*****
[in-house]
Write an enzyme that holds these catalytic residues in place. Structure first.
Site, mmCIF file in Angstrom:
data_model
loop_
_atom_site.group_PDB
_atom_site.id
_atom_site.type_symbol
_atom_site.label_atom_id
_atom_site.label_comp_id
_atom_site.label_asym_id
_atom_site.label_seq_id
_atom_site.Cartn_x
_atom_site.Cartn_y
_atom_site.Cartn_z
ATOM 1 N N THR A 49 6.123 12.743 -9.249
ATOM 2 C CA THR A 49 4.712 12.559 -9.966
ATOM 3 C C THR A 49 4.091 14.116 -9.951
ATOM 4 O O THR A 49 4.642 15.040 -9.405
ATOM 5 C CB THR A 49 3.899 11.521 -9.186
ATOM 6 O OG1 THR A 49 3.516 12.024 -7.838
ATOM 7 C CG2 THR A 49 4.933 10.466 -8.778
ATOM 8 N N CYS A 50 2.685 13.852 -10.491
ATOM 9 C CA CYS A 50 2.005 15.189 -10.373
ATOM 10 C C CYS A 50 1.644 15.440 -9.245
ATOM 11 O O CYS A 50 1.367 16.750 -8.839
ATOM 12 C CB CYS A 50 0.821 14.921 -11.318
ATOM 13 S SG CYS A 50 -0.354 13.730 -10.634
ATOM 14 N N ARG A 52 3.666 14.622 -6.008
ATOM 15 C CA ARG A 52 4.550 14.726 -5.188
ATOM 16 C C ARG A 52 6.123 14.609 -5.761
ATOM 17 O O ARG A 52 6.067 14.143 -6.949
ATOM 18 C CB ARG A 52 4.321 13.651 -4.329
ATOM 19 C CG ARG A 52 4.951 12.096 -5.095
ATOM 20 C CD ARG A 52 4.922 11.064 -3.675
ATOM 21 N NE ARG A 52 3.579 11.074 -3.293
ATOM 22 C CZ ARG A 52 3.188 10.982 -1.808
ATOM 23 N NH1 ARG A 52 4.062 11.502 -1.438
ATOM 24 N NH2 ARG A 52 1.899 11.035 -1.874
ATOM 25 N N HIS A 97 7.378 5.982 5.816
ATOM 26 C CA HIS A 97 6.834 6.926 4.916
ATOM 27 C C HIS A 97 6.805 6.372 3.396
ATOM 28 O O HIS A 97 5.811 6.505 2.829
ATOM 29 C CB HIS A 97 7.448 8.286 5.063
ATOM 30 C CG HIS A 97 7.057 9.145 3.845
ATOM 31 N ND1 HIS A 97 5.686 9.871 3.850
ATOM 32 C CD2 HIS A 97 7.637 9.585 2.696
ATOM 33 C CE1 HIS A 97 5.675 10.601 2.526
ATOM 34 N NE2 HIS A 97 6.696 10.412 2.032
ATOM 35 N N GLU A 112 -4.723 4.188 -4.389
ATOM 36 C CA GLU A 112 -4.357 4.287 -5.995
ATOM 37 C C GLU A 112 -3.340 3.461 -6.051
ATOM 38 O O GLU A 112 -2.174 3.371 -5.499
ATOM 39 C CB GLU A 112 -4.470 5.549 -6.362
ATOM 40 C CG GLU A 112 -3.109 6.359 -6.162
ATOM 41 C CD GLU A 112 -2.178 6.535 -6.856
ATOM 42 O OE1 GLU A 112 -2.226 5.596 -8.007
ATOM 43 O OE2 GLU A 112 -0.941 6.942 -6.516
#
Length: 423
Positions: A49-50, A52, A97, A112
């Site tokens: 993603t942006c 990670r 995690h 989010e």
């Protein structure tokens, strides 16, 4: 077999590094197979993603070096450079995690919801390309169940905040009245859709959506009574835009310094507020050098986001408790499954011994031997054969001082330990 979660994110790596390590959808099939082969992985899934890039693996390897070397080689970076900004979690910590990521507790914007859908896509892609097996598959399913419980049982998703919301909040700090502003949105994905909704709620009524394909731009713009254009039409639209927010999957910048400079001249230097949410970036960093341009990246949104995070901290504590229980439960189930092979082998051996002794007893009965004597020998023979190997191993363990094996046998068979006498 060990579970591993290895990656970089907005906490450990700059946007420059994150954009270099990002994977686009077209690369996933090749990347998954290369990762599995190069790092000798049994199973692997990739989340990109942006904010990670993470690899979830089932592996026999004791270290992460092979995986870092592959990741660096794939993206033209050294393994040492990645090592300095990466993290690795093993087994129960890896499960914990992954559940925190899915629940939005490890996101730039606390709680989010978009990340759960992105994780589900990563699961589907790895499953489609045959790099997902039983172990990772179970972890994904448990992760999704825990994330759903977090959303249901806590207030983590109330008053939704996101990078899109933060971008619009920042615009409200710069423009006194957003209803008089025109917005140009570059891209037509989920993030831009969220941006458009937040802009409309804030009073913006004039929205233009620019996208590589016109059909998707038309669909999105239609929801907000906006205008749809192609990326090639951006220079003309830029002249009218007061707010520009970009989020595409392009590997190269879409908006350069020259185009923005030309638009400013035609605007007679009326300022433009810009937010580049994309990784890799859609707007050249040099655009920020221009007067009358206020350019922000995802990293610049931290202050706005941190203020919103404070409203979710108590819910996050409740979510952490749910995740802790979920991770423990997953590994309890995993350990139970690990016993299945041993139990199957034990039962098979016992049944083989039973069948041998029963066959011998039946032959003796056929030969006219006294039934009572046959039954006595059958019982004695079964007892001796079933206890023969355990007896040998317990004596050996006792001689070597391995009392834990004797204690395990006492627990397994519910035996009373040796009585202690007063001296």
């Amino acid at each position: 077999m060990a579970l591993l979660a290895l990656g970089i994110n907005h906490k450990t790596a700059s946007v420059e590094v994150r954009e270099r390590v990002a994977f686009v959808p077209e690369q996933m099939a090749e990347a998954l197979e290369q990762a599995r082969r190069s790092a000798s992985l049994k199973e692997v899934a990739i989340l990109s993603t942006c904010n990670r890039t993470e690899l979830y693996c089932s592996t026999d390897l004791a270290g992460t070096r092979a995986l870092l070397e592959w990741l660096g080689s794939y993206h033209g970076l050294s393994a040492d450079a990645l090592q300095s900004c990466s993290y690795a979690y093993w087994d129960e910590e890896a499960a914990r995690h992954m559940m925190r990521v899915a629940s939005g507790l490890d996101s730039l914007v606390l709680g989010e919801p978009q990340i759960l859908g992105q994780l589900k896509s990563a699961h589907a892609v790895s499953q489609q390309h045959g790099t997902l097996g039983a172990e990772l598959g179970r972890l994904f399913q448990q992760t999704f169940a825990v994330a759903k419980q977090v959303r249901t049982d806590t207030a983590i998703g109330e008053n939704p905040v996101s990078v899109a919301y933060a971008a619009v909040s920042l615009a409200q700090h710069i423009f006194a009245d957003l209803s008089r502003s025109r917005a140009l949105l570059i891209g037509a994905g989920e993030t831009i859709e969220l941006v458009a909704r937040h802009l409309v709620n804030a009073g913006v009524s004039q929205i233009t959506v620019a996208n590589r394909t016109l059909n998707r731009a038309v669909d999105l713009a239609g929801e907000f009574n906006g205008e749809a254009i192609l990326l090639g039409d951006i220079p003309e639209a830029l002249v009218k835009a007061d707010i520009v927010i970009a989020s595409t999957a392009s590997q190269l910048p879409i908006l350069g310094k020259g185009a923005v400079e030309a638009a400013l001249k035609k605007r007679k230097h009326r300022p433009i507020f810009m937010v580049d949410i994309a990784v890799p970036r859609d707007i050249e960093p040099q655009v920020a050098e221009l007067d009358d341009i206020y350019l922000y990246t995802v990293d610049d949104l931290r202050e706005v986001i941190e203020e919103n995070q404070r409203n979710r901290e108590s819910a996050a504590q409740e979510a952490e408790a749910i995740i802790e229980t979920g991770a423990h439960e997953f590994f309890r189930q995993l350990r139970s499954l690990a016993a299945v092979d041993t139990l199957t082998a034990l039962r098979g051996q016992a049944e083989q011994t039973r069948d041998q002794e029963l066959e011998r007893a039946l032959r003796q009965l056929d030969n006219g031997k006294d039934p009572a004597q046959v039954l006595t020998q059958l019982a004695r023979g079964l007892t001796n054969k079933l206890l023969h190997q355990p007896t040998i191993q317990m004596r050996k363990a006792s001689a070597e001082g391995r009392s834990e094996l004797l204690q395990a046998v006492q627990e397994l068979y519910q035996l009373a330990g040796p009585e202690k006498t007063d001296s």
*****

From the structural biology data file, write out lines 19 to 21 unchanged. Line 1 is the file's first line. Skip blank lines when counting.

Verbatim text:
ATOM 4 O O THR A 49 4.642 15.040 -9.405
ATOM 5 C CB THR A 49 3.899 11.521 -9.186
ATOM 6 O OG1 THR A 49 3.516 12.024 -7.838